What are the different types of meditation?
There are many different types of meditation. Some will focus on different areas of life like sleep, relationships, gratitude, while others may use a certain technique like breathing, concentrating on a certain area of the body, or engaging with music.
The aim of mindfulness is to remain focused on the present moment and not following your thoughts into memories of the past or fantasies of the future.
This doesn’t mean turning your mind into an empty vacuum where no thoughts exist whatsoever, rather using specific techniques to anchor yourself back the moment when your thoughts are trying to carry you away.
We can do this by focusing on the breath or the body or even on the sounds and events of the world around us.
When we find we have been carried away by our thoughts, we simply acknowledge it and bring ourselves back to our chosen form of focus.
A form of focused awareness meditation that uses sound vibrations to create a relaxed state and focus the mind.
This can be done in a few ways.
A sound bath uses instruments such as gongs, bowls and chimes to literally bathe yourself in sound waves.
Binaural beats use a range of frequencies to alter your brains waves into a different state on mind. This could be anything from Beta waves that occur when the brain needs to be alert and focused to Delta waves that occur when the brain is deeply relaxed and in dreamless sleep.
While some meditation techniques focus on developing “the mind,” others focus on developing “the heart.”
Often referred to as Metta or Boundless State meditation, Loving-Kindness is the practice of cultivating benevolence towards ourselves and others.
By using the repetition of certain phrases, we direct goodwill and positivity to ourselves, our loved ones, people we don’t know, and even those we feel animosity towards.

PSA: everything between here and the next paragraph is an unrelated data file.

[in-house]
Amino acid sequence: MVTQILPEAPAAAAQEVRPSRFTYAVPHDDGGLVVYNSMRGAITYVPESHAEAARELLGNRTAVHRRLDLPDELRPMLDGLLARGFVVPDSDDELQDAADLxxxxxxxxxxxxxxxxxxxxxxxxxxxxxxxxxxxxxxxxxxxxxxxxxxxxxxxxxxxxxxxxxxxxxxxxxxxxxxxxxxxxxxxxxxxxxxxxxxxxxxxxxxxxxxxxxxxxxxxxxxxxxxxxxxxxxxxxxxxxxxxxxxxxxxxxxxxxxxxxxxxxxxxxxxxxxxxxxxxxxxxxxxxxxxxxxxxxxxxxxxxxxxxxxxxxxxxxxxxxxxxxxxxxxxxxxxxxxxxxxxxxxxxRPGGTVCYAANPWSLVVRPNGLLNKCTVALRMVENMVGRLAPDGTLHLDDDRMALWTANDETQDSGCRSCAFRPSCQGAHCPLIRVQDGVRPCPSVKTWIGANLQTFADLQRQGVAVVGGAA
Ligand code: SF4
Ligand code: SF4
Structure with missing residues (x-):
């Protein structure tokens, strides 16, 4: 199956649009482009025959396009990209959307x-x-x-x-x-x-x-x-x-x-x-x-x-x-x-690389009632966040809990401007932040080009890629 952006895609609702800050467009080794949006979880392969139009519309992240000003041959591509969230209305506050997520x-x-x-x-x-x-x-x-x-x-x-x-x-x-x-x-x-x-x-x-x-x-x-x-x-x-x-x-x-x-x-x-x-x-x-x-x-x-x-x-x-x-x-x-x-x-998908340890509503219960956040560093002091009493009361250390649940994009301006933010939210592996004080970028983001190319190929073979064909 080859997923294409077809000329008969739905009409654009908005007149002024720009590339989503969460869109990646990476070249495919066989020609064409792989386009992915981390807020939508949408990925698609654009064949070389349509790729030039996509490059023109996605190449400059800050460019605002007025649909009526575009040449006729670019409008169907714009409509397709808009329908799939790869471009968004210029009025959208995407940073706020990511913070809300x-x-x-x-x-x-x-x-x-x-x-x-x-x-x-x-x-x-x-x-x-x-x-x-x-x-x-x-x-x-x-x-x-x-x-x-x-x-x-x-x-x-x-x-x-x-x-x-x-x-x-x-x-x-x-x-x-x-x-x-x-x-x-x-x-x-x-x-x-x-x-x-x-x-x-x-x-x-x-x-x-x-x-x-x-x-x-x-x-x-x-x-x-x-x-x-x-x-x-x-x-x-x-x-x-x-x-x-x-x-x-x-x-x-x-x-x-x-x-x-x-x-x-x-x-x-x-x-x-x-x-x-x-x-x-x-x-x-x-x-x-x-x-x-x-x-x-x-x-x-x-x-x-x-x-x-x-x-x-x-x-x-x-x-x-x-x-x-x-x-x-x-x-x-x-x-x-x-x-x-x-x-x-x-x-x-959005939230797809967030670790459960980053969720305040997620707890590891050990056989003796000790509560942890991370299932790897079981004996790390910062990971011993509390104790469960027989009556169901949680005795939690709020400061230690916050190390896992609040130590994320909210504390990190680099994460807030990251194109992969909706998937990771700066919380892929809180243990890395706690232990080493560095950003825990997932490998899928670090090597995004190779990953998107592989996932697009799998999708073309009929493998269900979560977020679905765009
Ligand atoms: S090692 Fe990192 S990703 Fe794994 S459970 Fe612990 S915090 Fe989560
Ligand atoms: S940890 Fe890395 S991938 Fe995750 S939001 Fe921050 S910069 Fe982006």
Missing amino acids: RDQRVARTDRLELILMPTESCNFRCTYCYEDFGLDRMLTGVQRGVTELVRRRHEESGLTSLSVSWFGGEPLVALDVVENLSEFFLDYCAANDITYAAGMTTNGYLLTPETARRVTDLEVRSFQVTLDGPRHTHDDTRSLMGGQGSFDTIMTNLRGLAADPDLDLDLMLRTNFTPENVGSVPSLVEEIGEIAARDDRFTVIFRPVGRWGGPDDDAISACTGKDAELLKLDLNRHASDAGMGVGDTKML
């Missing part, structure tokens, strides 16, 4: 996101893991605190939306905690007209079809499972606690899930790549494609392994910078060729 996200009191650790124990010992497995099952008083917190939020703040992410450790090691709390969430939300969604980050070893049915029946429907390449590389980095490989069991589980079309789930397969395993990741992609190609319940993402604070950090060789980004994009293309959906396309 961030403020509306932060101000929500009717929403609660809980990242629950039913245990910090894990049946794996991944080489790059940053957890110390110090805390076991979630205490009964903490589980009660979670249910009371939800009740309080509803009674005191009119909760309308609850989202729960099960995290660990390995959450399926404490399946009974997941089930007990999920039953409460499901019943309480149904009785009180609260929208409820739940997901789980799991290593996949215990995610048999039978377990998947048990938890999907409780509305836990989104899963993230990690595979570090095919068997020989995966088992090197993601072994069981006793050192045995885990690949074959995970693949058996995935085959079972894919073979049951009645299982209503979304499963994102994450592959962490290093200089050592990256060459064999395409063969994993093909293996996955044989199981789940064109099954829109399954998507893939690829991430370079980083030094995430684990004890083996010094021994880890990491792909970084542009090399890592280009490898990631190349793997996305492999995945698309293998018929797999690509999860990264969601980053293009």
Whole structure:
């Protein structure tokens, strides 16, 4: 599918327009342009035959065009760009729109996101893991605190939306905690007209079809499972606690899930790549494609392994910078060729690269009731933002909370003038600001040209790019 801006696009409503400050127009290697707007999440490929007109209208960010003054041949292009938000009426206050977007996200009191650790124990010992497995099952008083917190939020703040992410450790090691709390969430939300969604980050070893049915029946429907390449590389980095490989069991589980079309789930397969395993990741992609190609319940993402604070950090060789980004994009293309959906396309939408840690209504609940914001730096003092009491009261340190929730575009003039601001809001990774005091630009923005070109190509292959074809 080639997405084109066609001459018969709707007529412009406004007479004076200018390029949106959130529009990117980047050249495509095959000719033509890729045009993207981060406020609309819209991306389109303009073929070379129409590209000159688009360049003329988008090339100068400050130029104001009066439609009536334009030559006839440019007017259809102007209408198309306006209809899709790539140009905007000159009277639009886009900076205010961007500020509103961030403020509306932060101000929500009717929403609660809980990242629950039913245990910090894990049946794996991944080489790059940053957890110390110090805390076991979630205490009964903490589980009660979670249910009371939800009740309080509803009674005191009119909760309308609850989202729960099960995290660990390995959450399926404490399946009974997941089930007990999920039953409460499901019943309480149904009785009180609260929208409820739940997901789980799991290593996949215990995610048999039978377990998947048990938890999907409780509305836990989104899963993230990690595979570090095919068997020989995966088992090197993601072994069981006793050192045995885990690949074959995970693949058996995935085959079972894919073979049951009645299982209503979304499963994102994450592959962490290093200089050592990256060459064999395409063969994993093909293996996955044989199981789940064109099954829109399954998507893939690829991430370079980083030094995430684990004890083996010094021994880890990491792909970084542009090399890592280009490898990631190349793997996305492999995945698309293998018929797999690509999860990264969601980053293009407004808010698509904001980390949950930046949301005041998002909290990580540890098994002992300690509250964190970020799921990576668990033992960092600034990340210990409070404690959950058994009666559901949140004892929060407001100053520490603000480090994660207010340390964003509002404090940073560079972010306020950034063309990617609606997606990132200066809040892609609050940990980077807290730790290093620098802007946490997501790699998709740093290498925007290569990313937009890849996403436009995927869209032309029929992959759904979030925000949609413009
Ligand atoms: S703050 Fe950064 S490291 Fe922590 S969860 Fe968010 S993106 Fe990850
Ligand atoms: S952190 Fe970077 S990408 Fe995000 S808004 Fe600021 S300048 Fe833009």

We can then let go of our negativity and begin to create a deeper connection ourselves and those around us.
With Mantra meditation, we use the repetition of a word as the main focus of our concentration and the vehicle to a calm and focused mind.
Eventually, the repetition of the mantra within your mind becomes automatic and just like with the breath, we can use the mantra to re-anchor ourselves to the present moment when we become distracted by our thoughts.
Zen is a form of open awareness meditation. With focus awareness meditation, we use an object, like the breath or a mantra to focus the mind.
With open awareness, we have no formal object to focus on but instead remain in the present by allowing our thoughts to flow freely and without judgment.
This is traditionally practised in a full or half-lotus position, breathing in and out of the nose.
Yoga Nidra is an ancient method deriving from the Tantras. It is a potent technique which will teach you how to really relax.
Yoga Nidra induces a complete state of relaxation within the physical, mental and emotional systems. While practising Yoga Nidra, you may feel that you are asleep, but in fact, your consciousness is awake and working at a much deeper level. It is during this state of sleep and wakefulness that one may make contact with the subconscious and unconscious dimensions.
Often called Insight, Vipassana is an ancient form of meditation that aims to help us gain an understanding of impermanence, as we focus on the sensations that come and go in the body.
The end goal of Vipassana is to be able to observe these sensations, good or bad, without aversion or craving and in doing so, bring this state of mind of non-reaction into our everyday lives.
Chakra meditation aims to align the seven chakras. An imbalance or blockage in a chakra can result in other chakras becoming overactive or shutting down. This can result in discomfort in both the physical and mental.
Chakra meditation techniques can vary from sound meditation to guided visualization. However, it’s the purpose that remains consistent.